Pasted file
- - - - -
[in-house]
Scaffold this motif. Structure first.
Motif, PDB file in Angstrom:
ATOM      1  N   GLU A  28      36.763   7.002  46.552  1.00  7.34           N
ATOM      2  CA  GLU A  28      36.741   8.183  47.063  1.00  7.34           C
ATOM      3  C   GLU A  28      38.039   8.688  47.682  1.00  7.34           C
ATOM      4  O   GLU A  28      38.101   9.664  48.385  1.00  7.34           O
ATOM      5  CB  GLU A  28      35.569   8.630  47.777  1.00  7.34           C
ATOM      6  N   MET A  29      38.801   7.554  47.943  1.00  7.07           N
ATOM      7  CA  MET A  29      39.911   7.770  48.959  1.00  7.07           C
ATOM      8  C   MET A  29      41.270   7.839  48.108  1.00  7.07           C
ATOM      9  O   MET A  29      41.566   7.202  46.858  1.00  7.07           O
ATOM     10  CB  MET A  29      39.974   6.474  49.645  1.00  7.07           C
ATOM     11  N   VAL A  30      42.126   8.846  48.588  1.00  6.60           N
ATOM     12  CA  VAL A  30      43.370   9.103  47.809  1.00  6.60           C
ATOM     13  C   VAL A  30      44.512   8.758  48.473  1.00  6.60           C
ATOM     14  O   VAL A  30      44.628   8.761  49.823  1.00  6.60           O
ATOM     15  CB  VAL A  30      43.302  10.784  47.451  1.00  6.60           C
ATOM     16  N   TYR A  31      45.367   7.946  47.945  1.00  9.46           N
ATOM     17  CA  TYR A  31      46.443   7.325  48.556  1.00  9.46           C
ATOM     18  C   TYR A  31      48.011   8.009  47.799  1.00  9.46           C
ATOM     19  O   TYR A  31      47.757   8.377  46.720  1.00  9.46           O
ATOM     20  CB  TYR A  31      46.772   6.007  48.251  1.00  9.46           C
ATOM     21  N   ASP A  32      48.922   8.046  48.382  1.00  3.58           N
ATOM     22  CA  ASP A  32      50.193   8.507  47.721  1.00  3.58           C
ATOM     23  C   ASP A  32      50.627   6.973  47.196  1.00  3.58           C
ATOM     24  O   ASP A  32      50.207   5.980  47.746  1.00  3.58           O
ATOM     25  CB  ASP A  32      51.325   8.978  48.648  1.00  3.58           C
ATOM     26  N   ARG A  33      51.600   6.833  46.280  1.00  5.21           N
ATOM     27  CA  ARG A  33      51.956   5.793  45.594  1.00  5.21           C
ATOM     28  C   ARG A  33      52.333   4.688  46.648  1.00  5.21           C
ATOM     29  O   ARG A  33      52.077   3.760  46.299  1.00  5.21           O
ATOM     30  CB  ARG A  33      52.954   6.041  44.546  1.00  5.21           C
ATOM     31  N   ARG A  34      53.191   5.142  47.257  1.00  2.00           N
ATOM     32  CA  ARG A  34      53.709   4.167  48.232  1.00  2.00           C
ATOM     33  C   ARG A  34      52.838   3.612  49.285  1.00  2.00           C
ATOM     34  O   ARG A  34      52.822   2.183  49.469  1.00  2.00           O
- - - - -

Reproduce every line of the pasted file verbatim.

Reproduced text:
[in-house]
Scaffold this motif. Structure first.
Motif, PDB file in Angstrom:
ATOM      1  N   GLU A  28      36.763   7.002  46.552  1.00  7.34           N
ATOM      2  CA  GLU A  28      36.741   8.183  47.063  1.00  7.34           C
ATOM      3  C   GLU A  28      38.039   8.688  47.682  1.00  7.34           C
ATOM      4  O   GLU A  28      38.101   9.664  48.385  1.00  7.34           O
ATOM      5  CB  GLU A  28      35.569   8.630  47.777  1.00  7.34           C
ATOM      6  N   MET A  29      38.801   7.554  47.943  1.00  7.07           N
ATOM      7  CA  MET A  29      39.911   7.770  48.959  1.00  7.07           C
ATOM      8  C   MET A  29      41.270   7.839  48.108  1.00  7.07           C
ATOM      9  O   MET A  29      41.566   7.202  46.858  1.00  7.07           O
ATOM     10  CB  MET A  29      39.974   6.474  49.645  1.00  7.07           C
ATOM     11  N   VAL A  30      42.126   8.846  48.588  1.00  6.60           N
ATOM     12  CA  VAL A  30      43.370   9.103  47.809  1.00  6.60           C
ATOM     13  C   VAL A  30      44.512   8.758  48.473  1.00  6.60           C
ATOM     14  O   VAL A  30      44.628   8.761  49.823  1.00  6.60           O
ATOM     15  CB  VAL A  30      43.302  10.784  47.451  1.00  6.60           C
ATOM     16  N   TYR A  31      45.367   7.946  47.945  1.00  9.46           N
ATOM     17  CA  TYR A  31      46.443   7.325  48.556  1.00  9.46           C
ATOM     18  C   TYR A  31      48.011   8.009  47.799  1.00  9.46           C
ATOM     19  O   TYR A  31      47.757   8.377  46.720  1.00  9.46           O
ATOM     20  CB  TYR A  31      46.772   6.007  48.251  1.00  9.46           C
ATOM     21  N   ASP A  32      48.922   8.046  48.382  1.00  3.58           N
ATOM     22  CA  ASP A  32      50.193   8.507  47.721  1.00  3.58           C
ATOM     23  C   ASP A  32      50.627   6.973  47.196  1.00  3.58           C
ATOM     24  O   ASP A  32      50.207   5.980  47.746  1.00  3.58           O
ATOM     25  CB  ASP A  32      51.325   8.978  48.648  1.00  3.58           C
ATOM     26  N   ARG A  33      51.600   6.833  46.280  1.00  5.21           N
ATOM     27  CA  ARG A  33      51.956   5.793  45.594  1.00  5.21           C
ATOM     28  C   ARG A  33      52.333   4.688  46.648  1.00  5.21           C
ATOM     29  O   ARG A  33      52.077   3.760  46.299  1.00  5.21           O
ATOM     30  CB  ARG A  33      52.954   6.041  44.546  1.00  5.21           C
ATOM     31  N   ARG A  34      53.191   5.142  47.257  1.00  2.00           N
ATOM     32  CA  ARG A  34      53.709   4.167  48.232  1.00  2.00           C
ATOM     33  C   ARG A  34      52.838   3.612  49.285  1.00  2.00           C
ATOM     34  O   ARG A  34      52.822   2.183  49.469  1.00  2.00           O